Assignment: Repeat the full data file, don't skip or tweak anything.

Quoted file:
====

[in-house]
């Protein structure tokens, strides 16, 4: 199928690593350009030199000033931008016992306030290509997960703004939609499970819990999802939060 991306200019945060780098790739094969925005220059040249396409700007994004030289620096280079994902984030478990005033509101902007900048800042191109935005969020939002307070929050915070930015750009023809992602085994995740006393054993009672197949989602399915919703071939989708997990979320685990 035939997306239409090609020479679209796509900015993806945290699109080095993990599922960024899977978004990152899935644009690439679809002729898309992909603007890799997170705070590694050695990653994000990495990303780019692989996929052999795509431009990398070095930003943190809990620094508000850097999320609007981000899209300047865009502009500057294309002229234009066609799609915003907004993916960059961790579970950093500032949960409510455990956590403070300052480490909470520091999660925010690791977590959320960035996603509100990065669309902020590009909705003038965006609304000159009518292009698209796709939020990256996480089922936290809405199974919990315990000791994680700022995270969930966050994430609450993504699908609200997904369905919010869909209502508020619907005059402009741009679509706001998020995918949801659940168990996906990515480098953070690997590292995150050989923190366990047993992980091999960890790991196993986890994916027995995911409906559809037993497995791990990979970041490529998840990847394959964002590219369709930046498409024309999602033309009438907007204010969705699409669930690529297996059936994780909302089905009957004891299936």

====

[in-house]
């Protein structure tokens, strides 16, 4: 199928690593350009030199000033931008016992306030290509997960703004939609499970819990999802939060 991306200019945060780098790739094969925005220059040249396409700007994004030289620096280079994902984030478990005033509101902007900048800042191109935005969020939002307070929050915070930015750009023809992602085994995740006393054993009672197949989602399915919703071939989708997990979320685990 035939997306239409090609020479679209796509900015993806945290699109080095993990599922960024899977978004990152899935644009690439679809002729898309992909603007890799997170705070590694050695990653994000990495990303780019692989996929052999795509431009990398070095930003943190809990620094508000850097999320609007981000899209300047865009502009500057294309002229234009066609799609915003907004993916960059961790579970950093500032949960409510455990956590403070300052480490909470520091999660925010690791977590959320960035996603509100990065669309902020590009909705003038965006609304000159009518292009698209796709939020990256996480089922936290809405199974919990315990000791994680700022995270969930966050994430609450993504699908609200997904369905919010869909209502508020619907005059402009741009679509706001998020995918949801659940168990996906990515480098953070690997590292995150050989923190366990047993992980091999960890790991196993986890994916027995995911409906559809037993497995791990990979970041490529998840990847394959964002590219369709930046498409024309999602033309009438907007204010969705699409669930690529297996059936994780909302089905009957004891299936």